The Law for Fleet & Company Vehicles
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You’re running a business and have a fleet of vehicles. No matter whether that’s 2, 200 or 200 you need to ensure you’re on the right side of the law.
1. Speed limits
It seems obvious that your drivers need to know and stick to speed limits, but it’s worth reviewing your understanding of the different limits for different vehicle types and how weight can change those limits:
(source: https://www.gov.uk/speed-limits )
You can see from the above table that car-derived vans are treated the same as cars, meaning they can drive at the same speed as a car, provided they remain under the maximum weight limit
- Businesses must display ‘no smoking’ signs in all vehicles. The signs must be at least 70mm in diameter in England and 75mm in Wales and N Ireland, and displayed in each compartment of the vehicle in which people can sit. No smoking signs in Wales must be in both Welsh and English
- Businesses can be fined up to £200 if they don’t display a sign, reduced to £150 if paid in 15 days or up to £1,000 if convicted by a court
- Smoking isn’t allowed in any work vehicle that more than one person uses, eg:
- Goods vehicles used by more than one driver
- Company cars used by more than one employee
- A worker can smoke in a company car that only they use if their employer agrees.
What is and isn’t covered?
- a car shared by one or more employees but only ever used by one at a time (a pool car) is covered by the ban and must be smoke free at all times;
- a chauffeur-driven car is covered by the ban and must be smoke free at all times;
- a van used by two employees, one who smokes and another who doesn't, is covered by the ban and must be smoke free at all times;
- a vehicle used by two-plus employees, all of whom smoke, is covered by the ban and must be smoke free at all times;
- a company car used solely by one employee and not used by anyone else for work either as a driver or passenger;
- a privately-owned car used occasionally for business purposes;
- a vehicle that would otherwise be smoke free but which has a roof that can be stowed or removed will not be required to be smoke free when the roof is completely stowed or removed.
The rules vary, so businesses operating across the UK need to be aware of the differences.
The police and the Vehicle and Operator Services Agency (VOSA) have the power to stop and carry out checks to ensure your vehicle is not overloaded with weight.
If an officer checks your vehicle and finds it to be above the maximum permitted vehicle weight – otherwise known as the model’s Gross Vehicle Weight (GVW) – you will be fined, and in the vast majority of cases, they will prevent you from driving any further.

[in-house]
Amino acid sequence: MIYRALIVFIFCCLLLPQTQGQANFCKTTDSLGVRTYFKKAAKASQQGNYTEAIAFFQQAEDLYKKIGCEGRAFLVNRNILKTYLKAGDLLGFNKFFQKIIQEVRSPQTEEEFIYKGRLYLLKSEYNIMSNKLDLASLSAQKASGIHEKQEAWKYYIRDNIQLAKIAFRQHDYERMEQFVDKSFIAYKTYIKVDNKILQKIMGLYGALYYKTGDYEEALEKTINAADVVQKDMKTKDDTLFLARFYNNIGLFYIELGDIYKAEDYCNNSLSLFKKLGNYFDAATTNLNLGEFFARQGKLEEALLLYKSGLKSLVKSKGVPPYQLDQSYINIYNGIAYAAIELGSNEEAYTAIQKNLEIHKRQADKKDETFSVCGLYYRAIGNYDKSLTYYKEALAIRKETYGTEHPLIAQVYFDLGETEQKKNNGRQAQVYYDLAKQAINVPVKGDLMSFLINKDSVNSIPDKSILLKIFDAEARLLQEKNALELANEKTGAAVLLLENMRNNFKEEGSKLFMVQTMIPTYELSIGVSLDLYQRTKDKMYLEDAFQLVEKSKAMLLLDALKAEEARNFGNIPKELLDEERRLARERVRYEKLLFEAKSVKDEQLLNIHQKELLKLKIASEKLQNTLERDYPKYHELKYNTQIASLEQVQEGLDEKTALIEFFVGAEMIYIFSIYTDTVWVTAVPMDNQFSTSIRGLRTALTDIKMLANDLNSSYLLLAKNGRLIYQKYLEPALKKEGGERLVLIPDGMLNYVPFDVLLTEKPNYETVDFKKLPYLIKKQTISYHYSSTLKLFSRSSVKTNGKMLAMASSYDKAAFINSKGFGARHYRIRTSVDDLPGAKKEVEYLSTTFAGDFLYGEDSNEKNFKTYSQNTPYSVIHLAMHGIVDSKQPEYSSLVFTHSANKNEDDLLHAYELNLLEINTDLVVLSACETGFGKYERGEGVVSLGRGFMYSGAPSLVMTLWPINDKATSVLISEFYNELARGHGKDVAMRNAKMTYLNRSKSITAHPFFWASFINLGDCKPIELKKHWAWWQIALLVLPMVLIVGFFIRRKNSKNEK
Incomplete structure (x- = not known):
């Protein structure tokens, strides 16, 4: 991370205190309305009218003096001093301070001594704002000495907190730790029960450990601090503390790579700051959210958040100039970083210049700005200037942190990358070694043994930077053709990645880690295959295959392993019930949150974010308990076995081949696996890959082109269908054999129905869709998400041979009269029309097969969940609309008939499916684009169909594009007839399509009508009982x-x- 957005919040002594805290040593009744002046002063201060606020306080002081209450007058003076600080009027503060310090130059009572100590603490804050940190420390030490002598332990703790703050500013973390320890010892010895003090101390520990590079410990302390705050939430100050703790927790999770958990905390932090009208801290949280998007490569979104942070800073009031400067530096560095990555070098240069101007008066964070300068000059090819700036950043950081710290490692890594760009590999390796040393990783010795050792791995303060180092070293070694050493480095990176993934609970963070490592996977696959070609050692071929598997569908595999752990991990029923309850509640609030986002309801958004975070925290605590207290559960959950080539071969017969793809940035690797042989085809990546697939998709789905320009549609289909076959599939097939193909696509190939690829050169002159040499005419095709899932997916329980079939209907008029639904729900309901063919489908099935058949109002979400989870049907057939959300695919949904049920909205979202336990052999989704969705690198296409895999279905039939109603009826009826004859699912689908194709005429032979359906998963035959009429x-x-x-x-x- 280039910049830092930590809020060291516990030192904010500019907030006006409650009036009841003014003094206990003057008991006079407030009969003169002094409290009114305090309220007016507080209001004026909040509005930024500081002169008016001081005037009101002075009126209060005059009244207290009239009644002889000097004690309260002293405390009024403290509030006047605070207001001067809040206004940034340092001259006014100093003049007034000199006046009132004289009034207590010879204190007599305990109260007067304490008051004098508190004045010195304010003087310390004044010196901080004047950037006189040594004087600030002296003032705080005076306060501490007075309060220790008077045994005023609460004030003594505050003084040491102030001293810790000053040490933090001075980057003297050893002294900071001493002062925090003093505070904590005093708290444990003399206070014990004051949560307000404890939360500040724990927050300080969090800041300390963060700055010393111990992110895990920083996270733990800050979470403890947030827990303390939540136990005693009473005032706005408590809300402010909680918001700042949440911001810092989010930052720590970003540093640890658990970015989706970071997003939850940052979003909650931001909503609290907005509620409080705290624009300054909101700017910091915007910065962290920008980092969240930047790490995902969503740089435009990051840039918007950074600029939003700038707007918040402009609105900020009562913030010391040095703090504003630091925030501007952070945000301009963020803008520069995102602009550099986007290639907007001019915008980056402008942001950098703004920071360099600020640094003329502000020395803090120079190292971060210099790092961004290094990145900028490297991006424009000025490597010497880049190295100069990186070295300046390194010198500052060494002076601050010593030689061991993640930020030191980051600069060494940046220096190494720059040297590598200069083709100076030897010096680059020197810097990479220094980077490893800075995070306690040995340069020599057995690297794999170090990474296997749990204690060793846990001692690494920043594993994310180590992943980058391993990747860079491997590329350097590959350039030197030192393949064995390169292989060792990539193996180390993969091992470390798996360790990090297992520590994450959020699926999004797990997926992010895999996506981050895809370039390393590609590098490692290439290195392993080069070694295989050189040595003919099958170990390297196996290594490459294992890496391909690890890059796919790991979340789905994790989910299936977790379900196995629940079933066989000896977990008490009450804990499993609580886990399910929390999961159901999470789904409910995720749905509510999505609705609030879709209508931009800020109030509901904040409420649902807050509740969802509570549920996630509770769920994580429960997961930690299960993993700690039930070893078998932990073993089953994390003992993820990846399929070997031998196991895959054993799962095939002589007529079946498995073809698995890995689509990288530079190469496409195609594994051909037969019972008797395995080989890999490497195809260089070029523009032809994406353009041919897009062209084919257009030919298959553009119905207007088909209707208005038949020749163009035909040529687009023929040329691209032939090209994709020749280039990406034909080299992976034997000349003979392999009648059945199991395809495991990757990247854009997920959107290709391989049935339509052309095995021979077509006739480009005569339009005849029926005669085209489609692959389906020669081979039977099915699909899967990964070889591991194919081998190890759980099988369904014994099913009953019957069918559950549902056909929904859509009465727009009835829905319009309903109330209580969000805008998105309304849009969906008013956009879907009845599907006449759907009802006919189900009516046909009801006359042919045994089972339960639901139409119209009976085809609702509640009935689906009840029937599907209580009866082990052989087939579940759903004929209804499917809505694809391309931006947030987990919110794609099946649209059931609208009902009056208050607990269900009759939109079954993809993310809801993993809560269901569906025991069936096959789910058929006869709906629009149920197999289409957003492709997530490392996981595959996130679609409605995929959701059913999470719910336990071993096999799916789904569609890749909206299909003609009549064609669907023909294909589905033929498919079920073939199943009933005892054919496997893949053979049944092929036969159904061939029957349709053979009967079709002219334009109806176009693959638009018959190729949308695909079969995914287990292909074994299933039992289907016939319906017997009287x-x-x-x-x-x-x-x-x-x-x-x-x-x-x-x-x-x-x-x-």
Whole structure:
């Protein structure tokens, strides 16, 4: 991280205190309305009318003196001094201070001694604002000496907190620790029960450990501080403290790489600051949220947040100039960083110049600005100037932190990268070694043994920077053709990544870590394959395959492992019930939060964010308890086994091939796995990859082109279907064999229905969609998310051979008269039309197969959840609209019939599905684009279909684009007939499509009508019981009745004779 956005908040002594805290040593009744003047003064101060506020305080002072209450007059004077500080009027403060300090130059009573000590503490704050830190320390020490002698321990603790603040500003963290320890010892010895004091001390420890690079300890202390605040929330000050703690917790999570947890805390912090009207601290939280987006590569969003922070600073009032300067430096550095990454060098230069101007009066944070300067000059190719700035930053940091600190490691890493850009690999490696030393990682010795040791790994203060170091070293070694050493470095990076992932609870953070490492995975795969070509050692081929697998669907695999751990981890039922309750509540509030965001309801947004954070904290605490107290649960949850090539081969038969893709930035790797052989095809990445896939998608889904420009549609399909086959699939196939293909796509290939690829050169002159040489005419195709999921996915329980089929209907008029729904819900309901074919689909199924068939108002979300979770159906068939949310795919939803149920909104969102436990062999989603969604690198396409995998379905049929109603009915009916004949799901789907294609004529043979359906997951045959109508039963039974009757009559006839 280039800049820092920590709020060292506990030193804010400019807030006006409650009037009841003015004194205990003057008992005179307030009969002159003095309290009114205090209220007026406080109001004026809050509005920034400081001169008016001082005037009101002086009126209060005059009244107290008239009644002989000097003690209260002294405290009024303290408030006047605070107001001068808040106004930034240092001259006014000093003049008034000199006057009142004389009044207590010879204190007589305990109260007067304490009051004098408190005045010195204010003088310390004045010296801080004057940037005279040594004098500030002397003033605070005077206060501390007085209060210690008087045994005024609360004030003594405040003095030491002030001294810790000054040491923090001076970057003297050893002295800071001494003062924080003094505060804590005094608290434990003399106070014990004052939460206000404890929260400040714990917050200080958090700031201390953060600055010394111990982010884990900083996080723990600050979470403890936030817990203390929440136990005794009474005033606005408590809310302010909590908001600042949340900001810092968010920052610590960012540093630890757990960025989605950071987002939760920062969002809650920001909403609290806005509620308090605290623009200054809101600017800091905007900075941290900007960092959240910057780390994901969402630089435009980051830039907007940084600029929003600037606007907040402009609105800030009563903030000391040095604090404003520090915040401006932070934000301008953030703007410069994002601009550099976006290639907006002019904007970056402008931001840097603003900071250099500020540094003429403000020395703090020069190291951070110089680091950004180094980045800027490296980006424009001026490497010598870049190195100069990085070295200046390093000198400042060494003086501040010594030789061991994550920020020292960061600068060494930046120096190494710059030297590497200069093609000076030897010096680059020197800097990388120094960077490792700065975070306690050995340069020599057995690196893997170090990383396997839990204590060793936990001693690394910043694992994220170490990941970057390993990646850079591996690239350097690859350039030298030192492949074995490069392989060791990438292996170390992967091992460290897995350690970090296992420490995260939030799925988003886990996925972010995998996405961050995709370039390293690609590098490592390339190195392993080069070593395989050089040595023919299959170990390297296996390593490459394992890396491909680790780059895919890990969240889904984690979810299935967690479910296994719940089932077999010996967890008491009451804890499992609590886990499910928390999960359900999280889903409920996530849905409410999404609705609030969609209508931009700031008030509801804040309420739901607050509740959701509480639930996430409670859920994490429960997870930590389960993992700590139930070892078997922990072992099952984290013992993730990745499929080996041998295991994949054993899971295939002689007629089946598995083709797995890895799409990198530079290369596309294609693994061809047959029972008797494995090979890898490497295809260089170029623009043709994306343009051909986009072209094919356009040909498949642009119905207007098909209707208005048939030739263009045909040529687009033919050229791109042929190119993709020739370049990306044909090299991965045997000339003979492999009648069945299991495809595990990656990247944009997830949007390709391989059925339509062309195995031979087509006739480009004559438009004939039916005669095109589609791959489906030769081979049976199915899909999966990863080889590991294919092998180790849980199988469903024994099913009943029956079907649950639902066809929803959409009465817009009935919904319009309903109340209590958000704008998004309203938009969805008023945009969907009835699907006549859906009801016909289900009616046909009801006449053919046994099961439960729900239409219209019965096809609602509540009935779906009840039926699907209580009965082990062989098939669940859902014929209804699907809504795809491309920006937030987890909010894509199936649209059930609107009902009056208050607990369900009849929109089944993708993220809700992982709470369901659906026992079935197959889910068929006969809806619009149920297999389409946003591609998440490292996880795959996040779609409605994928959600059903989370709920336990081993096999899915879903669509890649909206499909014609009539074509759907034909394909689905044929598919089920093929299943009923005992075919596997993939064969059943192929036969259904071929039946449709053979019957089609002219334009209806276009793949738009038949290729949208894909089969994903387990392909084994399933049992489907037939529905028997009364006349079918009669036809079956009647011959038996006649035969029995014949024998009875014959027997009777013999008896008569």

What’s the legal limit?
Allowed weight = Gross Vehicle Weight (GVW) less kerb weight
A van’s kerb weight refers to how much the van weighs on its own, with a full tank of petrol but with no additional passengers or items – find this out in the vehicle manual, or online.
How much can overloading cost?
If found to be overloaded you will receive a fixed penalty fine, the amount of which depends on how overloaded you are. The current penalties are below:
4. Parking and unloading
Restrictive covenants for residential parking. Asking/allowing your drivers to take their work vans home might save on travel time but they need to be aware that some housing estates have restrictive covenants preventing commercial vehicles and caravans from being parked overnight – this could be for a set number of years or indefinitely but it’s worth checking – or your employees risk legal action.
It may seem obvious but when it comes to both parking and loading/unloading commercially used vehicles, your drivers need to follow the rules. Here are a few you may not be fully aware of:
- Loading and unloading (but not parking) is allowed on double and single yellow lines in accordance with local time limits, BUT, you must be able to prove you are acting within the rules for loading and unloading:
- The vehicle must be moved as soon as the process is complete
- Loading includes moving the goods to and from the premises, checks on goods delivered and paperwork
- Yellow ‘blips’ or ‘markings’ on the kerb. Two blips means no unloading at any time, one blips mean unloading is restricted at certain times
- You may enter a bus lane to load or unload where not prohibited by a clearway if you stick to the signed times
5. Driver hours
There are many rules covering driver hours, rest breaks and weekly and fortnightly driving limits.
In summary, the current limits on drivers’ hours or vehicles carrying goods (including dual purpose vehicles) where the weight exceeds 3.5 tonnes as specified by the EU rules are:
- A break of no less than 45 minutes must be taken after no more than 4.5 hours of driving. The break can be divided into 2 periods - the first at least 15 minutes long and the second at least 30 minutes - taken over the 4.5 hours.
- A maximum of 9 hours daily driving, extendable to 10 hours no more than twice a week.
- A maximum of 56 hours driving per week.
- A maximum of 90 hours in any 2 week period.
- A minimum of 11 hours daily rest, which can be reduced to a minimum of 9 hours no more than 3 times between weekly rests. May be taken in 2 periods, the first at least 3 hours long and the second at least 9 hours long. The rest must be completed within 24 hours of the end of the last daily or weekly rest period.
Full details are available here.